Obviously, I’m submitting this one for my Mount TBR Reading Challenge 2017, as well as for the Colour Coded Reading Challenge 2017.  You can  check out my progress toward all my reading challenges here.

Until next time,

Bruce

Creepy Adult Fiction Review: The Ghosts of Sleath…

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Meet an old story in a new jacket!  We received this gorgeously covered copy of The Ghosts of Sleath by James Herbert from PanMacmillan Australia not realising that the story was originally published in 1994.  All things considered though, this didn’t really matter to us because we’ve never read any of Herbert’s work anyway!  Here’s the blurb from Goodreads:

Can a ghost haunt a ghost?
Can the dead reach out and touch the living?
Can ancient evil be made manifest?

These are the questions that confront investigator David Ash when he is sent to the picturesque village of Sleath in the Chiltern Hills to look into mysterious reports of mass hauntings. What he discovers is a terrified community gripped by horrors and terrorized by ghosts from the ancient village’s long history. As each dark secret is unveiled and terrible, malign forces are unleashed, he will fear for his very sanity.

Sleath. Where the dead will walk the streets.

Sleath, it seems, is a picturesque village that is haunted by…well, pretty much everything that ever happened there.  When psychic investigator David Ash is called to Sleath at the behest of the local vicar amid whispers of hauntings, he is woefully unprepared to deal with the sheer backlog of instances of human misery that this town seems to be hiding.  Along with Grace, the vicar’s daughter, and later on, a mysterious Irish man who turns up out of the blue, David must try and get to the bottom of the diverse phenomena appearing all over the village and discover whether they have paranormal origins or are driven by something more mundane.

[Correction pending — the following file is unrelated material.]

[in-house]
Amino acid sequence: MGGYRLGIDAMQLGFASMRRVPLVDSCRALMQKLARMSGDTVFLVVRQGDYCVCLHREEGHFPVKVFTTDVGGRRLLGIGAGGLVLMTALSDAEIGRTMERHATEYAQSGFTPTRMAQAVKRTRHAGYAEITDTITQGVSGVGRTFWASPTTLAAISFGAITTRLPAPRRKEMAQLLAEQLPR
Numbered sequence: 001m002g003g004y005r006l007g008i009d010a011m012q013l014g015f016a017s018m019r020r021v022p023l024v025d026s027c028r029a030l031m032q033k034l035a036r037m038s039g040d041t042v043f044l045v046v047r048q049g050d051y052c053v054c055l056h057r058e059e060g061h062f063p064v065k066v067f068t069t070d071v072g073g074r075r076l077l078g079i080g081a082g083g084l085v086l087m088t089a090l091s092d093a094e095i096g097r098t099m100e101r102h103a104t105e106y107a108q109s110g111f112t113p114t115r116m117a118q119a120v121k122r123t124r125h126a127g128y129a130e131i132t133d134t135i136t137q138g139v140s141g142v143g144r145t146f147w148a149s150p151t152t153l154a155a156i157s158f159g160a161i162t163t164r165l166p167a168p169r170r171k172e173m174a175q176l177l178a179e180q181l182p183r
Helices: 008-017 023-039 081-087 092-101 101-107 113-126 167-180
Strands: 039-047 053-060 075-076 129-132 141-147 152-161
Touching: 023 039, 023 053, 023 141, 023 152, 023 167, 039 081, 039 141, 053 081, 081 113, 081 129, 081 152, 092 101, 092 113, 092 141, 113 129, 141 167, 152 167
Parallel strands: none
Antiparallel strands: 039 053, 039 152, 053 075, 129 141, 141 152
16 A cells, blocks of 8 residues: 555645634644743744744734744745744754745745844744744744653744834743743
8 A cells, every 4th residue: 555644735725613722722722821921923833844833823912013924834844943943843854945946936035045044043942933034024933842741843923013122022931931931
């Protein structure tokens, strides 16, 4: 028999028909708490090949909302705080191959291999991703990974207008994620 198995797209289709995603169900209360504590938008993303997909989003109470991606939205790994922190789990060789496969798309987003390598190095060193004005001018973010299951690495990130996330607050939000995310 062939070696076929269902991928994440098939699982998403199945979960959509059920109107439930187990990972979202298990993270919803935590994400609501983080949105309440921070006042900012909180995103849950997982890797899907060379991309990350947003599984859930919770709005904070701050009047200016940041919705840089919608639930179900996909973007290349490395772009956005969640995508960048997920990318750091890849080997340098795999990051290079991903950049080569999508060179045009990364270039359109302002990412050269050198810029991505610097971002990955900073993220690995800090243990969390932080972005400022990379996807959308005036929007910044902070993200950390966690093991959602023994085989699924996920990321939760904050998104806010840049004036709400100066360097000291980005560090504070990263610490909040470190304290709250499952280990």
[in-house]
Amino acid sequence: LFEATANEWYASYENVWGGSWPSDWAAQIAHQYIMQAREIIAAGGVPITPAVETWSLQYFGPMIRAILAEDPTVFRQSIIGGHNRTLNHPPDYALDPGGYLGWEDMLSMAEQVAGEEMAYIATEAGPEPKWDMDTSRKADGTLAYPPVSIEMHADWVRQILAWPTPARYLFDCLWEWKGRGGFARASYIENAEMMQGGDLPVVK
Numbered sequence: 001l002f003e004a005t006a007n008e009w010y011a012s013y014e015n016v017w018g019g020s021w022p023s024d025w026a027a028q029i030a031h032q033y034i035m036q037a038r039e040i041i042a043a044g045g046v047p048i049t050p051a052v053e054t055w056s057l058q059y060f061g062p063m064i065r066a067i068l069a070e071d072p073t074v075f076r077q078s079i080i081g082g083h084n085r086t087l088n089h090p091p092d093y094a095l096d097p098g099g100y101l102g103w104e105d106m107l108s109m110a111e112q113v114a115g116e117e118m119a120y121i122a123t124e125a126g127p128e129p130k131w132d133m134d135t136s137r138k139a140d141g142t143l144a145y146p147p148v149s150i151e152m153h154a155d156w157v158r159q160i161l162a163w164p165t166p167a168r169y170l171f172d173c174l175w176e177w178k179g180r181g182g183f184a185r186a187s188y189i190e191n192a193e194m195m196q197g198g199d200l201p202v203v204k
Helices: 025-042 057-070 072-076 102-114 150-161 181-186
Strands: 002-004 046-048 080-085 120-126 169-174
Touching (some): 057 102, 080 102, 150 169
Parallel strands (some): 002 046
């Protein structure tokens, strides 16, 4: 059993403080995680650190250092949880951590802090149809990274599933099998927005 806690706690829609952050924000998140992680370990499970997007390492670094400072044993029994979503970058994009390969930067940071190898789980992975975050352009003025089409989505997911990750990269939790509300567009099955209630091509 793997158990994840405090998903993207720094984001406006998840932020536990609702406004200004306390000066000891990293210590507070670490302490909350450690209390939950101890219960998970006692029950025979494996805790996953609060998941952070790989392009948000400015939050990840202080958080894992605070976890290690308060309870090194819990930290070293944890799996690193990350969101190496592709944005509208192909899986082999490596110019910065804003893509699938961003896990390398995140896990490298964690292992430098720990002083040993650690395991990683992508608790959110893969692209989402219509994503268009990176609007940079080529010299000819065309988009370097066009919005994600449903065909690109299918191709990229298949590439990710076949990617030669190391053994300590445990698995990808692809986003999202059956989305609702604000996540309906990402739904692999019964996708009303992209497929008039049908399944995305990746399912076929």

Before you pick this one up you should probably be made aware that it isn’t your average, run of the mill ghost story, but also features some quite graphic, stomach-churning violence that is sprung on the reader without warning in various places.  We Shelf-dwellers, being fans of ghostliness, but not necessarily goriness (unless we’re in the mood!), found this to be a bit of a stumbling block to getting into this book because after a while we became hand-shy that something icky would be around the next corner.  For those who appreciate trigger warnings, you should be made aware that this book features descriptions of child sexual abuse that are quite confronting.

This is the second book in a series featuring psychic investigator David Ash.  Not having read the first book wasn’t a major problem as the author provides enough information here and there to ensure that the reader gets an idea of his backstory. Ash is a bit of a tortured character by all accounts who is committed to his job but still coming to terms with some seriously nasty psychological trauma from a past case.

I couldn’t quite make up my mind as to whether I enjoyed this book or not.  On the one hand, it certainly satisfies the criteria of “totally creepy paranormal phenomena” and “reveals you didn’t see coming”, both of which I appreciate in a good ghosty story.  On the other hand, the aforementioned violence seemed shockingly out of place and was so graphic in places that it made me feel a bit sick.   I also had a few issues with the slow pacing of the investigation and constant interjections of flashbacks from various townsfolk.

While this one didn’t quite hang together in the most appealing way for me as a reader, I’m sure there will be plenty of folk who will appreciate the dark, brooding atmosphere of this book and the multiple narratives that have been woven together to contribute to the surprising reveal.

I will be submitting this one for the Colour Coded Challenge 2017   You can check out my progress toward all my challenges here.

Until next time,

Bruce